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Arsenal v Norwich: The Good, Bad and the Ugly

:D, :?, >:-< from Saturday

Mike Hewitt

Well, damn, that was fun! Well, the final 13 minutes, at least. I didn't much enjoy the first 83 minutes. They were kind of bleh.

The Good

  • Wenger's Subs: It was quite evident that things weren't great from the first half, when Arsenal didn't create much. Giroud's looped header was the closest they came, though the best chance fell to Gervinho, who, well, yeah. For once, Arsene Wenger reacted quickly to Arsenal going a goal behind; shortly after, Jack Wilshere and Gervinho were hauled off, and Theo Walcott and Lukas Podolski were brought on. Arsenal, who hadn't really threatened to go behind Norwich's bus, finally looked dangerous, and the movement really improved. They could, and should've had a penalty when Walcott was bundled over, and Lukas Podolski hit the bar. The introduction of Alex Oxlade-Chamberlain, though, was decisive. The one-two he played with Podolski to open Norwich up for the second goal was superb, the type of play that Tomas Rosicky usually provides, and Jack Wilshere should've done. It was pace and movement and dynamism from the centre of the park and it exemplifies why Arsene Wenger sees this prodigious 19-year old talent as so much more than a winger.



  • The determination shown by Arsenal. In January, or the months before, Arsenal would've lost this game. They weren't playing great, they went a goal down, and the pressure was on. But Arsenal seemed to almost play better in the face of adversary, which seems typical of this team this season. The celebration of the second goal was typical; Giroud may have scored, but the whole team, aside from Fabianski, who celebrated the third, ran over to Alex Oxlade-Chamberlain and Giroud.

The Bad

  • Jack Wilshere. In fairness, he only returned to full training on Wednesday after missing 6 weeks. But, in replacing Tomas Rosicky, he failed to do most things that he usually does, and most things Rosicky can do too. He was uncharacteristically loose in possession, and sluggish with the ball, slowing down several moves by making the wrong decision or killing the move altogether by giving the ball away. Right before Norwich scored, Arsenal had the chance to counter, but Wilshere, in possession on the halfway line, gave the ball away, and Arsenal never got it back. If Rosicky is fit, there should be no need for Wilshere to start; ease him back into the team. His future is so linked with Arsenal's that it seems foolish to rush him when he doesn't need to be.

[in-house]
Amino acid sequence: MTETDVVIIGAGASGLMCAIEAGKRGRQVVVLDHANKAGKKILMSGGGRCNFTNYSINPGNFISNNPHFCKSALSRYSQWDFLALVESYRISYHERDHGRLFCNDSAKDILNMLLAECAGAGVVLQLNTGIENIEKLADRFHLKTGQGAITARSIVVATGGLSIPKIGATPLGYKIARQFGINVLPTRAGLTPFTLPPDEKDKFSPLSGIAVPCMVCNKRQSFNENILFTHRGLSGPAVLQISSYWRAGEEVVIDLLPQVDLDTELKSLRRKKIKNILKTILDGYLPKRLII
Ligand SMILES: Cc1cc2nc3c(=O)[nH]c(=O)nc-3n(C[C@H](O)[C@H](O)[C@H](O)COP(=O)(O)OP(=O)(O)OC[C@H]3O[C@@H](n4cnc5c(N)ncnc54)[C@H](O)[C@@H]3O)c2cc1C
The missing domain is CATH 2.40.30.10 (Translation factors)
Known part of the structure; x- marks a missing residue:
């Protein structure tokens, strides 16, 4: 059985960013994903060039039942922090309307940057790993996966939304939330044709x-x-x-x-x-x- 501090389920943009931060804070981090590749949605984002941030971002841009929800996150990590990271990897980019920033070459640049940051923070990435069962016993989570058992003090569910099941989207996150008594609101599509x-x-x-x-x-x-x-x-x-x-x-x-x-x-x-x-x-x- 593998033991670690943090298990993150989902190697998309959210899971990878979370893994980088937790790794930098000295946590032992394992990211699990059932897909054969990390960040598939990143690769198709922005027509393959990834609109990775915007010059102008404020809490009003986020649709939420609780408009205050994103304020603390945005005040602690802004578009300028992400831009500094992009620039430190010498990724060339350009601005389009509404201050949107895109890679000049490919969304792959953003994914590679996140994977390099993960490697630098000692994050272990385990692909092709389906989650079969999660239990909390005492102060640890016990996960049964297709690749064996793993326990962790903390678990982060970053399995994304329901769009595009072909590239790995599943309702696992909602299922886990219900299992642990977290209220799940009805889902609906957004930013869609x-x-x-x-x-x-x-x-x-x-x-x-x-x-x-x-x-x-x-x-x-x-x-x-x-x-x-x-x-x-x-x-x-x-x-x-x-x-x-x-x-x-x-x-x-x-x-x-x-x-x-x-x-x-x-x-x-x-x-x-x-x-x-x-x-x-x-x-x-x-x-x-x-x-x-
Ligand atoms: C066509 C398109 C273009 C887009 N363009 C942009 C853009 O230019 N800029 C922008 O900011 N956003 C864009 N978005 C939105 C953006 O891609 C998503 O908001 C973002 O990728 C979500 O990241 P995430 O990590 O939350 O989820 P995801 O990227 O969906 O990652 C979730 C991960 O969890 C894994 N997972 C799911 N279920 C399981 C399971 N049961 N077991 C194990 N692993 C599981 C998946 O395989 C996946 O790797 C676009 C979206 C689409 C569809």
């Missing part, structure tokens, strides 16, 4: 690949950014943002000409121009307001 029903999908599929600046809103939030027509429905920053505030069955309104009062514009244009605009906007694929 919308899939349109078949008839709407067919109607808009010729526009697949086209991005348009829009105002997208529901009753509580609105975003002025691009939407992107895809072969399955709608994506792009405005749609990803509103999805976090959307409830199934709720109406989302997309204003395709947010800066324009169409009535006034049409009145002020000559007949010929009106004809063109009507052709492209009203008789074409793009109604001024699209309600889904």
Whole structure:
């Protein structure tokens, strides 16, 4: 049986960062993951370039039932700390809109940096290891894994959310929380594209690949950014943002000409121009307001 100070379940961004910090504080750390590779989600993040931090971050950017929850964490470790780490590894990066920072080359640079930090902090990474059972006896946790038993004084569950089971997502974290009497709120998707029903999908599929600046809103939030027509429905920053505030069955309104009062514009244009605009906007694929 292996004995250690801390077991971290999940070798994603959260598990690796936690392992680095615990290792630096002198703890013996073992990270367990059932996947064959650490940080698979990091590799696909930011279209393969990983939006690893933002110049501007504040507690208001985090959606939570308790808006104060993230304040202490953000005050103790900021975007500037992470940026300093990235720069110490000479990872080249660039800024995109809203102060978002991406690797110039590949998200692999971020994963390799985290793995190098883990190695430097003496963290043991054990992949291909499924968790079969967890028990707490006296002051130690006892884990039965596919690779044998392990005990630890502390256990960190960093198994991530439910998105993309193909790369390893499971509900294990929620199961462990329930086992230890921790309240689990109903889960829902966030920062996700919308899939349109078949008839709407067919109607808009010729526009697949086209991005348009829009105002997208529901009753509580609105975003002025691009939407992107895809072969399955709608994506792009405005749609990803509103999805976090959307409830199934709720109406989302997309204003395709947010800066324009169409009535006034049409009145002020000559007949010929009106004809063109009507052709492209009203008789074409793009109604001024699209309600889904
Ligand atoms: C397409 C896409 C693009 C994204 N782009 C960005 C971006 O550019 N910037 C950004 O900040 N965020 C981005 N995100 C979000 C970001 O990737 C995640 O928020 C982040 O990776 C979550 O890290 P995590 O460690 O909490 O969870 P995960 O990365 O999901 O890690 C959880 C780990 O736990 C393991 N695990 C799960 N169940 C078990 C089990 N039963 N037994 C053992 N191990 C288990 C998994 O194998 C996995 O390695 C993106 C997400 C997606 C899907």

• Gervinho. It had to end at some point. After three very good games from Gervinho, he returned to the Gervinho we know all too well; showing no awareness of what is around him, being totally inconsistent with his touch and generally being of little use. He made a great run to get onto Santi Cazorla's through ball, and rounded the keeper, but a heavy touch took him too far. At that point, he should've looked up, where he would've seen Giroud at the top of the area with an open goal. Instead, he shot from a nigh impossible angle. He didn't provide Arsenal with the threat in behind that they needed, and will probably not start again this season if Theo Walcott is available.

The Ugly

  • Norwich's goal was particularly disgusting, down from the fact that Kamara tripped over his feet. Surprisingly, none of Norwich's aggrieved players bothered to mention that. Strange. Once the free kick has been given, though, Arsenal need to defend it, and they don't. Zonal marking is a system, but it is notable that Arsenal have been much worse defending set pieces using zonal marking rather than the amalgamation between zonal and man marking they used last season, where only one goal in League and FA Cup matches was conceded from a set piece after the debacle at Blackburn. On Saturday, the ball came into Thomas Vermaelen's zone, and the returning captain failed to jump with Michael Turner, giving the Norwich centre back a free header. It doesn't matter Vermaelen was marking someone else; the nature of zonal marking means he has to compete for the ball in his zone. He didn't. Would such a goal happen if Per Mertesacker was playing with Laurent Koscielny? It seems doubtful.